FanFiction Sites: A Comparison

FanFiction Sites: A Comparison

For this week’s post, we are instructed to find a website within our discourse community with “significant written content.” As a casual writer and fandom geek, I thought to myself, “Why not choose the site where you post most of your written work?” That website, dear readers, was FanFiction.Net (FFN).  

But then I got to thinking about where I post my fanfic writings now, Archive of Our Own (AO3), and started to think about the usability and the interface of both websites. FFN was once upon a time the place to put your fiction on the internet for fans to read and interact with. Now it is almost-defunct. So what happened?

Well, let's first look at the face of each website: The Homepage.

Here is what you see when you first open up AO3:

You have to agree to this TOS before you can look at the website and read content. They act as a catch-all for the website’s privacy statement. It also works as a consent form acknowledging that because the website hosts fan content, you are acknowledging by accepting the terms that you are in-charge of the fan content you consume.

Once accepted, you are directed to the main page of the website:

The heading banner has four drop down menus to choose from. A blurb is front and center-right to tell you what the site is for: “A fan-created, fan-run, nonprofit, noncommercial archive for transformative fanworks, like fanfiction, fanart, fan videos, and podfic.”

Now lets look at FFN's homepage:

Immediately, the first thing your eye is drawn to is the ads at the top and on the sides. There is no message to tell you what this website is or how to find works to read. Like AO3, there is an X/Twitter banner at the bottom, but the last time it was updated was September 2022. And while first visit to AO3's website has you accept terms and conditions, a first visit to FFN's website prompts you with this:

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An Ad.

One difference that I believe contributes to the usability and interface of the sites is that while FFN relies on website ad revenue to pay the bills, AO3 runs theirs by crowdfunding every few months. Like Wikipedia, AO3 relies on donations from users to keep the site ad-free and the fan works created by writers legally free.

But the biggest difference between both sites is how they allow writers to tag and filter their works.

While both sites allow you to find works by fandom and by type of fiction, FFN's filter system is pretty limited. Let's say I wanted to find a fanfic that contained three characters from the show Supergirl:

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Choosing these three characters brings up 678 fictions for me to choose from. However, if I wanted to read fictions with all three characters and the pairing Kara/Lena as a romantic relationship, then this is what happens when I click the pairing box at the top:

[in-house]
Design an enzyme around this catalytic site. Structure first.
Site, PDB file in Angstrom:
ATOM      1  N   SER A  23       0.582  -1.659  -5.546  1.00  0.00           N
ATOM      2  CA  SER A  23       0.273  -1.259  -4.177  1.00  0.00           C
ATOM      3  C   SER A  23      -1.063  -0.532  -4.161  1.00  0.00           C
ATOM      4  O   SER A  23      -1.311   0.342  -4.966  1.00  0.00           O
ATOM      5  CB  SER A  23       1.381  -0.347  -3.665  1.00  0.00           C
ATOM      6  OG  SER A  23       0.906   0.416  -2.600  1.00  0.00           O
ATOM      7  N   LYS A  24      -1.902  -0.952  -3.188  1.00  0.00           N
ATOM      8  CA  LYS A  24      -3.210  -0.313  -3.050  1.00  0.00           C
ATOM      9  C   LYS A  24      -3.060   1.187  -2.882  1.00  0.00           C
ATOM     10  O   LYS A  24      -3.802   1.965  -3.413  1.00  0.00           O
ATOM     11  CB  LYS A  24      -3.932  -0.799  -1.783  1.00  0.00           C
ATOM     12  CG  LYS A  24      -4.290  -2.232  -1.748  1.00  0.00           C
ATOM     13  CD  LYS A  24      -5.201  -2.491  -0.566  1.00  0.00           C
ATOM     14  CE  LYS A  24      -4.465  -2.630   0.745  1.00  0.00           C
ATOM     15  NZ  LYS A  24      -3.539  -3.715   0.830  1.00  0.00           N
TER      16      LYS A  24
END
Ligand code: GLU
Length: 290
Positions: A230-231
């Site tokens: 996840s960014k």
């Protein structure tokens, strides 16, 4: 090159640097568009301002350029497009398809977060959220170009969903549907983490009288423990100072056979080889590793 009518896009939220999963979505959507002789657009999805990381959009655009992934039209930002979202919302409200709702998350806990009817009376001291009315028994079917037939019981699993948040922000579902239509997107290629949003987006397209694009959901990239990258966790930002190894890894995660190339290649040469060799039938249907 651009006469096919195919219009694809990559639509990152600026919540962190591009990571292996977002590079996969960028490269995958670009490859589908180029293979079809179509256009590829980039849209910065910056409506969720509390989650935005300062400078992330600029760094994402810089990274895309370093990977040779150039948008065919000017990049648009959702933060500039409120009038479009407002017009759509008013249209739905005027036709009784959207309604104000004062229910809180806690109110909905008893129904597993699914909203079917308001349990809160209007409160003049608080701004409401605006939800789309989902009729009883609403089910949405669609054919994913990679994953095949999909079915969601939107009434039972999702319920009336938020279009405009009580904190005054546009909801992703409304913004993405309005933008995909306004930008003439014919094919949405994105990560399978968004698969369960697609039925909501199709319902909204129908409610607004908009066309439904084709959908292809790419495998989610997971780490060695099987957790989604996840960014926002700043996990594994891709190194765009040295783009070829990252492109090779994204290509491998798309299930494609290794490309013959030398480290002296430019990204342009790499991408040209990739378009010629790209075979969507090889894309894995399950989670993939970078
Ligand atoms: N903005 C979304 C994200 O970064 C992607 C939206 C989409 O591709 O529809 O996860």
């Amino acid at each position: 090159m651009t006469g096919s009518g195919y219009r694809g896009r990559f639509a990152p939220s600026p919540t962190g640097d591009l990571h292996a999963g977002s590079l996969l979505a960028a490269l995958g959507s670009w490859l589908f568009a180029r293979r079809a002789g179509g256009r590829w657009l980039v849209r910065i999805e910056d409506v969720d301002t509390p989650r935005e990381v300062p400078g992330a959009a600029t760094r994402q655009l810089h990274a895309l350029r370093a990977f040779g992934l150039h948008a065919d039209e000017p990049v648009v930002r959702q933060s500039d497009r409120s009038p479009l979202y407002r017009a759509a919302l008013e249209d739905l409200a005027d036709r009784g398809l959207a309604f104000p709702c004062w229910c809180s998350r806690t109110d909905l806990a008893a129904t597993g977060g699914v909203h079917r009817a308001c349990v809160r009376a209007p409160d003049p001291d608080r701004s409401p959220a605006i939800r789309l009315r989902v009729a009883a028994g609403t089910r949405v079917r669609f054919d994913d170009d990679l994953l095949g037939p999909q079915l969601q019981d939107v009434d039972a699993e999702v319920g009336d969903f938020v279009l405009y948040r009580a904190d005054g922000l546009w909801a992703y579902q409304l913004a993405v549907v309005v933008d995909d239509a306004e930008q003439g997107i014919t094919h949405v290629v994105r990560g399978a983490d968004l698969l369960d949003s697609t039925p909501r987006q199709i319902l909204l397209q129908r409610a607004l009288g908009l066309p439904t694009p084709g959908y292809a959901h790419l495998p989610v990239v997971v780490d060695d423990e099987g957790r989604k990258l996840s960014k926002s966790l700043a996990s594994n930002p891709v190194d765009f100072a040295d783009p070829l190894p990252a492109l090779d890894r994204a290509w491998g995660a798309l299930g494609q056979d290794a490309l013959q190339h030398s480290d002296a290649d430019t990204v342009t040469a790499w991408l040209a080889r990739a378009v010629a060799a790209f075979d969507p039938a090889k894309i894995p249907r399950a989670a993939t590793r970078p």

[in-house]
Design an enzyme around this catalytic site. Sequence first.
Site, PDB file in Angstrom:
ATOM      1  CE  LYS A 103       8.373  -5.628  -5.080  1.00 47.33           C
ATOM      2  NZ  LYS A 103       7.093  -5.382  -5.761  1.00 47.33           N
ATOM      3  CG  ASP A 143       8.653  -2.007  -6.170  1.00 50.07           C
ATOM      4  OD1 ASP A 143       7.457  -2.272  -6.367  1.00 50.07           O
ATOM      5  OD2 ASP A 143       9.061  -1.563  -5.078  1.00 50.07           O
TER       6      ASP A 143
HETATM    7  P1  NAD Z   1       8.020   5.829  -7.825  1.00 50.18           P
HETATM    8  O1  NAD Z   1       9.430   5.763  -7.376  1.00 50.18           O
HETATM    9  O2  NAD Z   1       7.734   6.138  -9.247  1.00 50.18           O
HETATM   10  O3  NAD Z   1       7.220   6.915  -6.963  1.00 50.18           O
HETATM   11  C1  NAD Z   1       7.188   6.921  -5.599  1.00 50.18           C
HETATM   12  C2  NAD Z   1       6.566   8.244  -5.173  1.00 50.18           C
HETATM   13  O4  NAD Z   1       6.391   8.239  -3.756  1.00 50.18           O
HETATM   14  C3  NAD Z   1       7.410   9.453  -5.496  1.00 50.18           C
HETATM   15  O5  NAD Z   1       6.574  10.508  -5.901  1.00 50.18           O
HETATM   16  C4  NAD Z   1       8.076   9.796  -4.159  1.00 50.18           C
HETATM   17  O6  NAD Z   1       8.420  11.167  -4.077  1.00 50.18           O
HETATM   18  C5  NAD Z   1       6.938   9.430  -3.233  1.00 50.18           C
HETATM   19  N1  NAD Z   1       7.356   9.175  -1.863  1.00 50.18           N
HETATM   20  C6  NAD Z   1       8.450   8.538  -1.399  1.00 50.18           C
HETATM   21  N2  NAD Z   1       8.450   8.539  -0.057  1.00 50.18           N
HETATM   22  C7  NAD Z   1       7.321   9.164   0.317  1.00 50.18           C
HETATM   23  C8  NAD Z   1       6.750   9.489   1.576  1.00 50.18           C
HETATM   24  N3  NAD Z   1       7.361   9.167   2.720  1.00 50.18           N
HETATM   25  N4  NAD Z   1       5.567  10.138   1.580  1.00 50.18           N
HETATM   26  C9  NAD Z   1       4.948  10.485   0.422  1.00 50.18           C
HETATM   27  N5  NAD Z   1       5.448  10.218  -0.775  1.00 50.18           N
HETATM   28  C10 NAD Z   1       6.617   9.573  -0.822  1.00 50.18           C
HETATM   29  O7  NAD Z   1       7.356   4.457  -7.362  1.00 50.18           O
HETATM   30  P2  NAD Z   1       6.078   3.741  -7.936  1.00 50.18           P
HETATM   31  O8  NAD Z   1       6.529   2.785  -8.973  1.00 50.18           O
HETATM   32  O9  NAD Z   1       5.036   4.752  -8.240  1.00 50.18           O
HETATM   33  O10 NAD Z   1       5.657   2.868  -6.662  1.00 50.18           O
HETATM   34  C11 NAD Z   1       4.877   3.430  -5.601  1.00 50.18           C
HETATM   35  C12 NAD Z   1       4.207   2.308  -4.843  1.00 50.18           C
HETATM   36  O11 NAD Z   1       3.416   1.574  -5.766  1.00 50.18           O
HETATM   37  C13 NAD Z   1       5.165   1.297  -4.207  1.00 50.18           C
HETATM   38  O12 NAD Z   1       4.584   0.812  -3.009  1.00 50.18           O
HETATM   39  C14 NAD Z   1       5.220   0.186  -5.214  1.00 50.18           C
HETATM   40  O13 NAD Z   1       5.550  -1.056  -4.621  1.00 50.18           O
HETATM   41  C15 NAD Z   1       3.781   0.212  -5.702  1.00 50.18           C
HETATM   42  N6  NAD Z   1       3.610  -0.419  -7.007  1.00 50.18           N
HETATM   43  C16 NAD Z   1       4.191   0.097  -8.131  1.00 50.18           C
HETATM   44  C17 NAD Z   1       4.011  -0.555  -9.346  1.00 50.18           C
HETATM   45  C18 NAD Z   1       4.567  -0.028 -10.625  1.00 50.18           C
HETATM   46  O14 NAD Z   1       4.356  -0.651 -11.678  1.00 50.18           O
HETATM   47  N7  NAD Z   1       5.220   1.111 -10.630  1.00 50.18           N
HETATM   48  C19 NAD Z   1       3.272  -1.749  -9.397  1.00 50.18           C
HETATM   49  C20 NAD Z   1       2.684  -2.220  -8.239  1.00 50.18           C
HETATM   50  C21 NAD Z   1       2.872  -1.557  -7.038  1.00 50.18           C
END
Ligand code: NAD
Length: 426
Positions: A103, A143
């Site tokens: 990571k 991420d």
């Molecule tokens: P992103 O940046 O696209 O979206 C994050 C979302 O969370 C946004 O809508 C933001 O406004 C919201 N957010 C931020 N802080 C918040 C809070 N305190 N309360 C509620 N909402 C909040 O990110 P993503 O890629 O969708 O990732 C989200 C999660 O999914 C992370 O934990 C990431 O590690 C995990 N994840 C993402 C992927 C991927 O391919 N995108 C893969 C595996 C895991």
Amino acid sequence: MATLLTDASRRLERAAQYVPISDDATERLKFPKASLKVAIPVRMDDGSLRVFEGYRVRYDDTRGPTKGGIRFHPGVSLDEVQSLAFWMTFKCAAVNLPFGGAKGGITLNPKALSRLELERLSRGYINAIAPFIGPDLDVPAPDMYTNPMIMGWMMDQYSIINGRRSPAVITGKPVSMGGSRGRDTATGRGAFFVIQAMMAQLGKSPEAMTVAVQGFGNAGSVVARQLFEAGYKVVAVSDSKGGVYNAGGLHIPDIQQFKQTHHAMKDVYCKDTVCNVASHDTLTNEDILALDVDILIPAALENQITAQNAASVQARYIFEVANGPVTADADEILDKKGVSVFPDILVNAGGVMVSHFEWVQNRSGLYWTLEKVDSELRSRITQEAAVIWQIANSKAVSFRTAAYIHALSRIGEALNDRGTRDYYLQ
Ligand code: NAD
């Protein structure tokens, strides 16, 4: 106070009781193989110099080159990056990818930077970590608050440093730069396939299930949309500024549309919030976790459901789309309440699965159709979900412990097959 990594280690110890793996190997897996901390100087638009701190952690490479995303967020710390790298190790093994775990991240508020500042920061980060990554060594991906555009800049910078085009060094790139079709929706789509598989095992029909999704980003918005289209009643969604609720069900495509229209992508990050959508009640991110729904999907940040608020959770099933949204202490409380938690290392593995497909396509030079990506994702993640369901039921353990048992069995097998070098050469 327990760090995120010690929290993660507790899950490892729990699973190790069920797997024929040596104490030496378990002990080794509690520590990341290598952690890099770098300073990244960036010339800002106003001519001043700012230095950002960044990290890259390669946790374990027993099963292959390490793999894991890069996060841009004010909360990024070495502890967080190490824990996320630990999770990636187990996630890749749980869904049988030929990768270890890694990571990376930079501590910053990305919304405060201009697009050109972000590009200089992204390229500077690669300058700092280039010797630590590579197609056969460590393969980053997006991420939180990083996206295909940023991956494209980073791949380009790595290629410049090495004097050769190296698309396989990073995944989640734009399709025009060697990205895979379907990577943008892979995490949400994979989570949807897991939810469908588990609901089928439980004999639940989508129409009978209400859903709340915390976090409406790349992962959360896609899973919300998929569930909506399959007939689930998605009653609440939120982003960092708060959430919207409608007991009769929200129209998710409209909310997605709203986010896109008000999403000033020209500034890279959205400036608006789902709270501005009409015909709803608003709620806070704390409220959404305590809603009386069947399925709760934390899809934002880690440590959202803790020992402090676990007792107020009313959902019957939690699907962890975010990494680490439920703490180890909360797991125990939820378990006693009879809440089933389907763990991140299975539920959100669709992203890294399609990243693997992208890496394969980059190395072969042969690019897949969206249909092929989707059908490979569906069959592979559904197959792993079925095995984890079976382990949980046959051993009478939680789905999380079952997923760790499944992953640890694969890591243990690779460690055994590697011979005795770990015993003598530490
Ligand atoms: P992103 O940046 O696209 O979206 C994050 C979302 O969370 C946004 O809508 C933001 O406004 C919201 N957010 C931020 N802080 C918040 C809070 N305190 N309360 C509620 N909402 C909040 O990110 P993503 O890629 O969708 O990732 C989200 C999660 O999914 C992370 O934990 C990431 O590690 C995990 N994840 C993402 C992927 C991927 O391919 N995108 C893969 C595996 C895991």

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678 fics become 0 because the filter system is interpreting the checked box as me wanting a fic with all three characters in a relationship pairing. Additionally, while I can choose a genre of fic to read like romance or hurt/comfort, I cannot look up specific tropes within a fic that I would want to read like "friends to lovers" or "Argument/Make up."

Now look at AO3's filter system:

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Not only am I able to choose characters, relationships, and fandoms to filter through, I can also add in tags for stories I want to read and exclude things I wouldn't want to read. So, to do the same thing, if I wanted to look up a fic for the show Supergirl using the same three characters, I get this result:

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When I want to sort through those to include all three characters and the pairing Kara/Lena, the results drop, but it does not go to zero like FFN:

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AO3 also has a system for content warnings in a fic, something FFN doesn't have. I love a juicy hurt/comfort fic that is rated M because of lemons, but not if it contains nonconsensual actions between the characters. There is no way to know that on FFN unless the author states it explicitly before the chapter starts.

AO3 gives authors the option to include a warning for their writings using the system below and explains what they mean in detail:

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When comparing both and analyzing both, AO3 is the superior website for hosting fan content for a lot of reasons; Primarily because the filtering system is better, the website has a tagging system, and the content warning system is available for readers to look at and understand. Additionally, because AO3 is "fan-run," the language used by the website to explain things on the website is easy for readers to understand and interpret.

If teenage me had known what AO3 was in high school, I would never have graduated because I would have spent so much time ignoring my homework to read all the Star Trek: Voyager fics I could find.

Erin Byington

Erin Byington

I am a graduate student at Middle Georgia State University. I am working on my Master's in Professional and Technical Writing.
Warner Robins, GA